Massive open online courses (MOOC) are not only effective, researchers have discovered, they are as effective as what's being traditionally taught in the classroom — regardless of how prepared the students are.
|The International Review of Research in Open and Distance Learning|
Researchers' findings have been published, September – 2014 in the International Review of Research in Open and Distance Learning below.
We studied student learning in the MOOC 8.MReV Mechanics ReView, run on the edX.org open source platform. We studied learning in two ways. We administered 13 conceptual questions both before and after instruction, analyzing the results using standard techniques for pre- and posttesting. We also analyzed each week’s homework and test questions in the MOOC, including the pre- and posttests, using item response theory (IRT). This determined both an average ability and a relative improvement in ability over the course. The pre- and posttesting showed substantial learning: The students had a normalized gain slightly higher than typical values for a traditional course, but significantly lower than typical values for courses using interactive engagement pedagogy. Importantly, both the normalized gain and the IRT analysis of pre- and posttests showed that learning was the same for different cohorts selected on various criteria: level of education, preparation in math and physics, and overall ability in the course. We found a small positive correlation between relative improvement and prior educational attainment. We also compared homework performance of MIT freshmen taking a reformed on-campus course with the 8.MReV students, finding them to be considerably less skillful than the 8.MReV students.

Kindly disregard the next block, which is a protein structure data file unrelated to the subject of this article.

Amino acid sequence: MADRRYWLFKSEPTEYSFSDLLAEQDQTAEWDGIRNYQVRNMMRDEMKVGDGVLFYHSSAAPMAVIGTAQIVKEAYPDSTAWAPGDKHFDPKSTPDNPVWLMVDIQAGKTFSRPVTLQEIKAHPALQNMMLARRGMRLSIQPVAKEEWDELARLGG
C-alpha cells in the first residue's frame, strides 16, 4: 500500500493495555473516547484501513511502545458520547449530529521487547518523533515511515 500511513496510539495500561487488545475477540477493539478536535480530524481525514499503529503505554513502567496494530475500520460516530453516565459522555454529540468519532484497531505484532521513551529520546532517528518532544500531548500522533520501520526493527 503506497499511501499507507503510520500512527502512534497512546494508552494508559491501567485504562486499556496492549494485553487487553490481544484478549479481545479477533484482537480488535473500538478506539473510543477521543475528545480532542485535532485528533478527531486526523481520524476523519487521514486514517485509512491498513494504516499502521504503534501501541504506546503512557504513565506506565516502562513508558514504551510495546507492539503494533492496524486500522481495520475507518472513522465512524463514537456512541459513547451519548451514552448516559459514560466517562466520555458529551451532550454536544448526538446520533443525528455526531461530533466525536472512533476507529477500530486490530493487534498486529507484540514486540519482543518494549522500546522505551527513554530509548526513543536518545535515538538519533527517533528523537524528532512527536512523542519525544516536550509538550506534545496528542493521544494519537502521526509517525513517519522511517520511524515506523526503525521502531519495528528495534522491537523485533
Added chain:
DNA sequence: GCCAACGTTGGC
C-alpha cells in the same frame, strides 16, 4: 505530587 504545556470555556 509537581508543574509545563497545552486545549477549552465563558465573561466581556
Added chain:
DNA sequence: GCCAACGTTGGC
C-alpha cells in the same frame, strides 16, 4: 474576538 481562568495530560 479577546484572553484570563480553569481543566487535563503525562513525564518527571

Source: The International Review of Research in Open and Distance Learning